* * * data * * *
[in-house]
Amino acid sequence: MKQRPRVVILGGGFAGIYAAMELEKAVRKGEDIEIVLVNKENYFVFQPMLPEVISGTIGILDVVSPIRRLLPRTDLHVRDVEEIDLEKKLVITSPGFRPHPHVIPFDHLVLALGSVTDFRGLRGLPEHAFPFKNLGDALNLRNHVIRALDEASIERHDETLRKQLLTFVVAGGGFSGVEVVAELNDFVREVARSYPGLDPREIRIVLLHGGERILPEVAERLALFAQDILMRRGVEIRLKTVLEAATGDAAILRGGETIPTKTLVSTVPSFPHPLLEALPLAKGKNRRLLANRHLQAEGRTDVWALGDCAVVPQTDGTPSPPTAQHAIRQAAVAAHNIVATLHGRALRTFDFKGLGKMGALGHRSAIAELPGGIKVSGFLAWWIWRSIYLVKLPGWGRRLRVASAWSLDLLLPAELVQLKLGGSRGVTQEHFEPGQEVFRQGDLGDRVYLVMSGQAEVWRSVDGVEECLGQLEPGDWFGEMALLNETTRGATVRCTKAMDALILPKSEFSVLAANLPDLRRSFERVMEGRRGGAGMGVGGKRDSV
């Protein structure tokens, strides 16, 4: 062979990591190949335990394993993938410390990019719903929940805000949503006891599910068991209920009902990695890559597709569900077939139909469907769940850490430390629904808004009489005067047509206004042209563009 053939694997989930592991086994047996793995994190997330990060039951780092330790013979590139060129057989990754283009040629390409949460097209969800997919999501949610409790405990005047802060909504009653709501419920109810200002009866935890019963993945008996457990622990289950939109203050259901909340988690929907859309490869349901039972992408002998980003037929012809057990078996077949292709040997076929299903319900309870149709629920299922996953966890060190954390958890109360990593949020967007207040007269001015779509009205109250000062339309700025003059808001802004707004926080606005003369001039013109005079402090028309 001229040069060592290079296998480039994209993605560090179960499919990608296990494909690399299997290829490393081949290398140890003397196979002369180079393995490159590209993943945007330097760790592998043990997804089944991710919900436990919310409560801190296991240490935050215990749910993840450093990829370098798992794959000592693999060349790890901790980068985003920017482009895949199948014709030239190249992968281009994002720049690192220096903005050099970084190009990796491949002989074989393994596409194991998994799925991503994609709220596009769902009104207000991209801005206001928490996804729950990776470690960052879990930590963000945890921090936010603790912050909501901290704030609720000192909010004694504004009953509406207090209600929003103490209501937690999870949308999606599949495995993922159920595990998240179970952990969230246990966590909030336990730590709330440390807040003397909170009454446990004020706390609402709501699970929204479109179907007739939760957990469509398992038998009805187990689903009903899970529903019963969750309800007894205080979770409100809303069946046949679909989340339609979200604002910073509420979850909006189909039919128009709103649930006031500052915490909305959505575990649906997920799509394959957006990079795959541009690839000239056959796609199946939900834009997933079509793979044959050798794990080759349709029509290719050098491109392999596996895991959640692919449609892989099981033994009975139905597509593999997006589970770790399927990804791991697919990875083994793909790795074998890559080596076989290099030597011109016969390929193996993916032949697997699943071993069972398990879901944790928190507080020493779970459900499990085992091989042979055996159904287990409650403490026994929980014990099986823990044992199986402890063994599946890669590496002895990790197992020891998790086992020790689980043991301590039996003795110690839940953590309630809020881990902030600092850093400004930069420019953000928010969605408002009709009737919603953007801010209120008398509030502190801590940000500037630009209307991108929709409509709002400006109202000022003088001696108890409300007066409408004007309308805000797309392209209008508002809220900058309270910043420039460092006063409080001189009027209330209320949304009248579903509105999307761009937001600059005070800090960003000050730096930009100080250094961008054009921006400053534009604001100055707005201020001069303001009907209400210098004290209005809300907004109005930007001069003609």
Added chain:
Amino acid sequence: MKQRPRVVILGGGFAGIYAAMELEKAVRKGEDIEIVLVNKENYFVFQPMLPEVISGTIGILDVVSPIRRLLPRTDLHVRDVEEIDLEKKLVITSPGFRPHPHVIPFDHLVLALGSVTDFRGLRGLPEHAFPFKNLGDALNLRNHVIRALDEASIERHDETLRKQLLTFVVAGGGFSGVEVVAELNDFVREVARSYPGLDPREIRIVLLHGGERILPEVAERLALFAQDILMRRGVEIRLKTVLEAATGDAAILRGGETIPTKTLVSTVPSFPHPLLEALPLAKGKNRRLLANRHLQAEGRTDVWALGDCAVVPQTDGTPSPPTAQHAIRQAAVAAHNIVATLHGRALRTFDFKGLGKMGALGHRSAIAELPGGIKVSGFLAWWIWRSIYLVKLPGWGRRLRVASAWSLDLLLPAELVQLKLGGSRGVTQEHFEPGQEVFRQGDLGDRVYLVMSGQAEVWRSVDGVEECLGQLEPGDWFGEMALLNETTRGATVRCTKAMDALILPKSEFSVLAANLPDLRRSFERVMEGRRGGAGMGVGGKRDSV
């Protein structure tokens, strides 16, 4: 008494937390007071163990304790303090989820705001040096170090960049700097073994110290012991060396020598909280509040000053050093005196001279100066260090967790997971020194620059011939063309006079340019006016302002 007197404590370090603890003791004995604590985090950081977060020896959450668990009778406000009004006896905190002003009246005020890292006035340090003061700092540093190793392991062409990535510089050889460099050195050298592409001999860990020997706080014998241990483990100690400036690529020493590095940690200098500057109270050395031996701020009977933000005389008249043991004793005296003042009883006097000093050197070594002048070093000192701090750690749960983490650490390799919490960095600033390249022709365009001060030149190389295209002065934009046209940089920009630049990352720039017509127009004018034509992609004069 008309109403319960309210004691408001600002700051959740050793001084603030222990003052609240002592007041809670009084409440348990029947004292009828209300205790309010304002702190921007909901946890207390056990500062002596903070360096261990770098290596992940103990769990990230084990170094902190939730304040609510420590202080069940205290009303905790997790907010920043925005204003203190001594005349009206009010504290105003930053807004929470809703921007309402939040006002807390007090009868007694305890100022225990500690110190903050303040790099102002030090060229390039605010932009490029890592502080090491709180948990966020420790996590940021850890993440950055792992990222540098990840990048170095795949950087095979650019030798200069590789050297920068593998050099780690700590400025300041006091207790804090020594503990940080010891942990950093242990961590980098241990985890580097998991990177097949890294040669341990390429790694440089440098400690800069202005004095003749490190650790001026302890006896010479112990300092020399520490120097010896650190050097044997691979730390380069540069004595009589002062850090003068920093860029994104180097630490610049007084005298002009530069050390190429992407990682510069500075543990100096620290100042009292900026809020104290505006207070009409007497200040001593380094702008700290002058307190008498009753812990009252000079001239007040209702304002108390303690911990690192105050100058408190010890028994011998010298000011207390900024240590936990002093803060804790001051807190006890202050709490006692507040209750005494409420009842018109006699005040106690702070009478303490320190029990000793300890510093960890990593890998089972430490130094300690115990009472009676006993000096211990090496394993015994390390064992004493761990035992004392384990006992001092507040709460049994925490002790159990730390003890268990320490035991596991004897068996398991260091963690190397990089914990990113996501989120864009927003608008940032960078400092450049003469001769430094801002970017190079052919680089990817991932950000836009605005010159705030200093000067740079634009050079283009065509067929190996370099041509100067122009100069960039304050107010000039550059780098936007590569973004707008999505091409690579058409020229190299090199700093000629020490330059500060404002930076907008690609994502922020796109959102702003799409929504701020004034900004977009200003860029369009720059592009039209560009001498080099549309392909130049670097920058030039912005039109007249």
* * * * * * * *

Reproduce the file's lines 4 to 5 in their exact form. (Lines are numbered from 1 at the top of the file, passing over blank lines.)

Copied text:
Added chain:
Amino acid sequence: MKQRPRVVILGGGFAGIYAAMELEKAVRKGEDIEIVLVNKENYFVFQPMLPEVISGTIGILDVVSPIRRLLPRTDLHVRDVEEIDLEKKLVITSPGFRPHPHVIPFDHLVLALGSVTDFRGLRGLPEHAFPFKNLGDALNLRNHVIRALDEASIERHDETLRKQLLTFVVAGGGFSGVEVVAELNDFVREVARSYPGLDPREIRIVLLHGGERILPEVAERLALFAQDILMRRGVEIRLKTVLEAATGDAAILRGGETIPTKTLVSTVPSFPHPLLEALPLAKGKNRRLLANRHLQAEGRTDVWALGDCAVVPQTDGTPSPPTAQHAIRQAAVAAHNIVATLHGRALRTFDFKGLGKMGALGHRSAIAELPGGIKVSGFLAWWIWRSIYLVKLPGWGRRLRVASAWSLDLLLPAELVQLKLGGSRGVTQEHFEPGQEVFRQGDLGDRVYLVMSGQAEVWRSVDGVEECLGQLEPGDWFGEMALLNETTRGATVRCTKAMDALILPKSEFSVLAANLPDLRRSFERVMEGRRGGAGMGVGGKRDSV